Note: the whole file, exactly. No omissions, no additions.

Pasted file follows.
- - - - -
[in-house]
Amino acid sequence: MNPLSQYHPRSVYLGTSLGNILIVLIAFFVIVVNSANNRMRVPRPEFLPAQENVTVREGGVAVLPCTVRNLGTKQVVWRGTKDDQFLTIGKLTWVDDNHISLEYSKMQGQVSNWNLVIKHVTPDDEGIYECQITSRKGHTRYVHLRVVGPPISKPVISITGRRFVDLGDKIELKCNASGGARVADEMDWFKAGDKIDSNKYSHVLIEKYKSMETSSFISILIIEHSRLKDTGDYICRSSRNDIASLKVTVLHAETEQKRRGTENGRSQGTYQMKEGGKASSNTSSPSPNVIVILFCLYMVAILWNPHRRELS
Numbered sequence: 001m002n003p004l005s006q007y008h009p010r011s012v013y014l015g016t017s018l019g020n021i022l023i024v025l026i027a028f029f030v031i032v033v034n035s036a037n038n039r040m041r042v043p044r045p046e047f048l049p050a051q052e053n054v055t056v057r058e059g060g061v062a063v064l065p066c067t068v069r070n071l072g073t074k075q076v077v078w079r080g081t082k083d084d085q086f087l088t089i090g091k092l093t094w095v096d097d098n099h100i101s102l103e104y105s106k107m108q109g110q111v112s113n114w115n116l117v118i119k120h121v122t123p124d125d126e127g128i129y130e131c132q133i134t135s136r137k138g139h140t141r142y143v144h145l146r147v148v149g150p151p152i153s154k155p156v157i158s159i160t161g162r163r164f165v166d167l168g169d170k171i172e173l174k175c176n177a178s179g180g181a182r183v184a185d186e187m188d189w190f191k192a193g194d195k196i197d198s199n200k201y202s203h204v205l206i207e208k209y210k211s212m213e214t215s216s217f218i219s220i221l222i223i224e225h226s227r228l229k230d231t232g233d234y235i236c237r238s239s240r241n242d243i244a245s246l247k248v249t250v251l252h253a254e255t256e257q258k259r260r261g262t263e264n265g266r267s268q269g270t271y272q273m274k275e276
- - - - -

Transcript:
[in-house]
Amino acid sequence: MNPLSQYHPRSVYLGTSLGNILIVLIAFFVIVVNSANNRMRVPRPEFLPAQENVTVREGGVAVLPCTVRNLGTKQVVWRGTKDDQFLTIGKLTWVDDNHISLEYSKMQGQVSNWNLVIKHVTPDDEGIYECQITSRKGHTRYVHLRVVGPPISKPVISITGRRFVDLGDKIELKCNASGGARVADEMDWFKAGDKIDSNKYSHVLIEKYKSMETSSFISILIIEHSRLKDTGDYICRSSRNDIASLKVTVLHAETEQKRRGTENGRSQGTYQMKEGGKASSNTSSPSPNVIVILFCLYMVAILWNPHRRELS
Numbered sequence: 001m002n003p004l005s006q007y008h009p010r011s012v013y014l015g016t017s018l019g020n021i022l023i024v025l026i027a028f029f030v031i032v033v034n035s036a037n038n039r040m041r042v043p044r045p046e047f048l049p050a051q052e053n054v055t056v057r058e059g060g061v062a063v064l065p066c067t068v069r070n071l072g073t074k075q076v077v078w079r080g081t082k083d084d085q086f087l088t089i090g091k092l093t094w095v096d097d098n099h100i101s102l103e104y105s106k107m108q109g110q111v112s113n114w115n116l117v118i119k120h121v122t123p124d125d126e127g128i129y130e131c132q133i134t135s136r137k138g139h140t141r142y143v144h145l146r147v148v149g150p151p152i153s154k155p156v157i158s159i160t161g162r163r164f165v166d167l168g169d170k171i172e173l174k175c176n177a178s179g180g181a182r183v184a185d186e187m188d189w190f191k192a193g194d195k196i197d198s199n200k201y202s203h204v205l206i207e208k209y210k211s212m213e214t215s216s217f218i219s220i221l222i223i224e225h226s227r228l229k230d231t232g233d234y235i236c237r238s239s240r241n242d243i244a245s246l247k248v249t250v251l252h253a254e255t256e257q258k259r260r261g262t263e264n265g266r267s268q269g270t271y272q273m274k275e276